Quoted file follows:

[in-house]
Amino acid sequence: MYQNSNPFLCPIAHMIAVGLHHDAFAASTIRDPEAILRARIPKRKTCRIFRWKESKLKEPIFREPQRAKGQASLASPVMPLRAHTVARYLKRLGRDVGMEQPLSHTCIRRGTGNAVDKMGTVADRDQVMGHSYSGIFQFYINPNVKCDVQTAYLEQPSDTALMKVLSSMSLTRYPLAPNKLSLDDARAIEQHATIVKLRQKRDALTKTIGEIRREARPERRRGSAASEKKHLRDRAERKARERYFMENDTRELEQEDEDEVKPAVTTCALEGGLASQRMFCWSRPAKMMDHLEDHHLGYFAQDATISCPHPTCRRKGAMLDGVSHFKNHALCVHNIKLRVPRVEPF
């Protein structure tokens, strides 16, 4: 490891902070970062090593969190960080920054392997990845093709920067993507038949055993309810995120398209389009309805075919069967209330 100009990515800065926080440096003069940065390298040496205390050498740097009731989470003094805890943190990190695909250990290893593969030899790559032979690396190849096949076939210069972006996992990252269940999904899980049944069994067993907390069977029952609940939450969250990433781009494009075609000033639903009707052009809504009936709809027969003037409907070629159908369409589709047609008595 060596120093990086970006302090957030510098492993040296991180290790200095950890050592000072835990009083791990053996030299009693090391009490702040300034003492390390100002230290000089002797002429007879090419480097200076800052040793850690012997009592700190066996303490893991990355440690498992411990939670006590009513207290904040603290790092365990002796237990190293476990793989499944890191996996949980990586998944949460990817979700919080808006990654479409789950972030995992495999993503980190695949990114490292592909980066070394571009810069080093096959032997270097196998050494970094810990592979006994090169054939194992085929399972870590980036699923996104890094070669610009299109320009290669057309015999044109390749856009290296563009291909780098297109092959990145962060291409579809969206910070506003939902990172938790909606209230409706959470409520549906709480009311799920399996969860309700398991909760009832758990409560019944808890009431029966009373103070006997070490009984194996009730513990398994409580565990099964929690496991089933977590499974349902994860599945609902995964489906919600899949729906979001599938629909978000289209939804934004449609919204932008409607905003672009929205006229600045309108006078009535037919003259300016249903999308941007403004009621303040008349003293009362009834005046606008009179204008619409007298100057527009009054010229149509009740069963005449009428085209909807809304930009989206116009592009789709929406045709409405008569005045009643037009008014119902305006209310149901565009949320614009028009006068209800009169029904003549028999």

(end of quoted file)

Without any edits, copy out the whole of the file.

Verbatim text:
[in-house]
Amino acid sequence: MYQNSNPFLCPIAHMIAVGLHHDAFAASTIRDPEAILRARIPKRKTCRIFRWKESKLKEPIFREPQRAKGQASLASPVMPLRAHTVARYLKRLGRDVGMEQPLSHTCIRRGTGNAVDKMGTVADRDQVMGHSYSGIFQFYINPNVKCDVQTAYLEQPSDTALMKVLSSMSLTRYPLAPNKLSLDDARAIEQHATIVKLRQKRDALTKTIGEIRREARPERRRGSAASEKKHLRDRAERKARERYFMENDTRELEQEDEDEVKPAVTTCALEGGLASQRMFCWSRPAKMMDHLEDHHLGYFAQDATISCPHPTCRRKGAMLDGVSHFKNHALCVHNIKLRVPRVEPF
């Protein structure tokens, strides 16, 4: 490891902070970062090593969190960080920054392997990845093709920067993507038949055993309810995120398209389009309805075919069967209330 100009990515800065926080440096003069940065390298040496205390050498740097009731989470003094805890943190990190695909250990290893593969030899790559032979690396190849096949076939210069972006996992990252269940999904899980049944069994067993907390069977029952609940939450969250990433781009494009075609000033639903009707052009809504009936709809027969003037409907070629159908369409589709047609008595 060596120093990086970006302090957030510098492993040296991180290790200095950890050592000072835990009083791990053996030299009693090391009490702040300034003492390390100002230290000089002797002429007879090419480097200076800052040793850690012997009592700190066996303490893991990355440690498992411990939670006590009513207290904040603290790092365990002796237990190293476990793989499944890191996996949980990586998944949460990817979700919080808006990654479409789950972030995992495999993503980190695949990114490292592909980066070394571009810069080093096959032997270097196998050494970094810990592979006994090169054939194992085929399972870590980036699923996104890094070669610009299109320009290669057309015999044109390749856009290296563009291909780098297109092959990145962060291409579809969206910070506003939902990172938790909606209230409706959470409520549906709480009311799920399996969860309700398991909760009832758990409560019944808890009431029966009373103070006997070490009984194996009730513990398994409580565990099964929690496991089933977590499974349902994860599945609902995964489906919600899949729906979001599938629909978000289209939804934004449609919204932008409607905003672009929205006229600045309108006078009535037919003259300016249903999308941007403004009621303040008349003293009362009834005046606008009179204008619409007298100057527009009054010229149509009740069963005449009428085209909807809304930009989206116009592009789709929406045709409405008569005045009643037009008014119902305006209310149901565009949320614009028009006068209800009169029904003549028999």